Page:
Los Angeles cannabis businesses owned by minorities and other victims of the drug war are in the midst of a very expensive waiting game.
More than five months after city officials began licensing some cannabis businesses, applicants who applied through the LA’s social equity program, designed largely in an effort to counteract the racist consequences of the drug war, will finally get their shot at joining the commercial cannabis industry.
At the first meeting of the Los Angeles Cannabis Regulation Commission earlier this month, Cat Packer, executive director of the city’s Department of Cannabis Regulation, announced Phase 2 of Los Angeles’ licensing process will begin on August 1. This phase—the second of three licensing rounds for the city’s newly legal industry—is open to non-retail businesses, such as manufacturers, distributors, and other portions of the supply chain, that have been operating in the city since before January 2016 and plan to participate in some capacity in the social equity program. The phase was slated to have wrapped up months ago, but delays due to staffing shortages and other factors have slowed the plan’s rollout.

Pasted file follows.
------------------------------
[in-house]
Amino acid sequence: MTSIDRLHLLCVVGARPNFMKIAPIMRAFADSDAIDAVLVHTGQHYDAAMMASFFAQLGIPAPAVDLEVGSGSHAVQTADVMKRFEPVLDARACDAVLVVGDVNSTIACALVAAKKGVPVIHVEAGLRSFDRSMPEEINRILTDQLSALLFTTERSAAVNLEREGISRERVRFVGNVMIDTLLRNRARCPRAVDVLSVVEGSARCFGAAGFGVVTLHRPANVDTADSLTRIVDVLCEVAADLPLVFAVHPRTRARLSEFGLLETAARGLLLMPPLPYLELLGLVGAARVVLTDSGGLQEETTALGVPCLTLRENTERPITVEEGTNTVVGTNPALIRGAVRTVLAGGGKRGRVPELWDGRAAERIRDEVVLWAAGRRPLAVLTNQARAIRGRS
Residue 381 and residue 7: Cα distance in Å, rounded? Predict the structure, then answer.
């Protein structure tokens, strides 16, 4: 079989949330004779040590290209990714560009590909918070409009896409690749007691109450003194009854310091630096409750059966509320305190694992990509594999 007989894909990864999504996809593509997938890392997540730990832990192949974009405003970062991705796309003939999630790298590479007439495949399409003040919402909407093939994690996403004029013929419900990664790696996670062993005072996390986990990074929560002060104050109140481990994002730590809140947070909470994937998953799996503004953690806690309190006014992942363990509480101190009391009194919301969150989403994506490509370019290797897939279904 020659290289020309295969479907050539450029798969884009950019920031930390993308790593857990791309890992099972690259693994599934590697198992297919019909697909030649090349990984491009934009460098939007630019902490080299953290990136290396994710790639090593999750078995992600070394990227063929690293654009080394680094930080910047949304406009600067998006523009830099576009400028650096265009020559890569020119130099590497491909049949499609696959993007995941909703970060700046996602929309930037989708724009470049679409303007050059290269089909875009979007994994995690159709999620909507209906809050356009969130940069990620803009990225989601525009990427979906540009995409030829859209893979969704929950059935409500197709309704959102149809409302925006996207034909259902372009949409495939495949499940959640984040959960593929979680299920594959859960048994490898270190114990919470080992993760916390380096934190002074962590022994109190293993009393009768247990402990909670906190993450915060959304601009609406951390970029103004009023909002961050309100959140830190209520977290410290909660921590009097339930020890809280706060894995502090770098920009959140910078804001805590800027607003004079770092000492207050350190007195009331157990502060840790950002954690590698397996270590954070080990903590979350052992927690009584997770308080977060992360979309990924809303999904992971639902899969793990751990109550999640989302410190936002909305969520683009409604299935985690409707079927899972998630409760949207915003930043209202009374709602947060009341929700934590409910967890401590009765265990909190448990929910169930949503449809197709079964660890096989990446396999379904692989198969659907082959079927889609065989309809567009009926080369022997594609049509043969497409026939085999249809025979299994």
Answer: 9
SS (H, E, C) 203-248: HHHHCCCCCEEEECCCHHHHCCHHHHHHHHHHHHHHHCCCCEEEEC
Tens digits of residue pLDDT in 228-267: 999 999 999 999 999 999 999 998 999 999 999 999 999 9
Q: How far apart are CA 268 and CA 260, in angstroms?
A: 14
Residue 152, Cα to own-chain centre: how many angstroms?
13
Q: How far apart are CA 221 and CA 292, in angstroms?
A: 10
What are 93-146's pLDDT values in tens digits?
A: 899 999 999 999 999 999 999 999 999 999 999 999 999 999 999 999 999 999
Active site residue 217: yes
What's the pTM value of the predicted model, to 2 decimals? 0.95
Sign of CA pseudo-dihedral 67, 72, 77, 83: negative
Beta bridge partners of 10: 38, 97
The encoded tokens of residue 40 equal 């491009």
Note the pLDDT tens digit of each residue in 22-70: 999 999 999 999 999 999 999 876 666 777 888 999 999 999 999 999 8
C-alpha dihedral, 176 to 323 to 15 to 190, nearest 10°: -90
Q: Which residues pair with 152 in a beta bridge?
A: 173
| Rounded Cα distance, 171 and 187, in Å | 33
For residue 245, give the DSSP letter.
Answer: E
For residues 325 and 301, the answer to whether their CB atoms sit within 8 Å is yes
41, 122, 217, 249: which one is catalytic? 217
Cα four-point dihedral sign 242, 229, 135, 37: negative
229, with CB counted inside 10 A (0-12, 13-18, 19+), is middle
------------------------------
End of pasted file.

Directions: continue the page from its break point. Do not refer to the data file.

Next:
The delays have made for financial and logistical headaches for equity applicants seeking to obtain a city permit, which is required to enter the state-regulated industry.
“It’s just having to sit on something, pay interest on buildings, do build-out and construction, without really knowing what’s going to happen,” said Esteban Araya, whom Leafly first spoke with in November of last year, as he was beginning the application process to open a retail store in northeast Los Angeles. “Basically [we’re] just waiting and hoping they don’t change anything drastically that would change the building’s qualification.”
The city’s social equity program was put in place at the same time LA officials adopted a new set of cannabis regulations for the city. By giving licensing priority to applicants most affected by the war on drugs—such as those who have been arrested for a cannabis-related offense or who live in a neighborhood with high cannabis arrest rates—it aims to address the decades of disproportionate impacts that the war on drugs has had on minority communities,
But as the rest of the city’s cannabis plans went forward, the equity program has floundered. City officials claim the long delay was impossible to predict, but critics call it an avoidable flub caused by foreseeable funding issues.
The slow rollout has had the perverse effect of disadvantaging the very people it was designed to help: communities hit hardest by the war on drugs, including people of color and individuals convicted of nonviolent drug crimes. Rather than giving these groups a leg up, LA’s social equity program has effectively given a head start to the competition.
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Published: July 24, 2018
Founder & Interim Editor of L.A. Cannabis News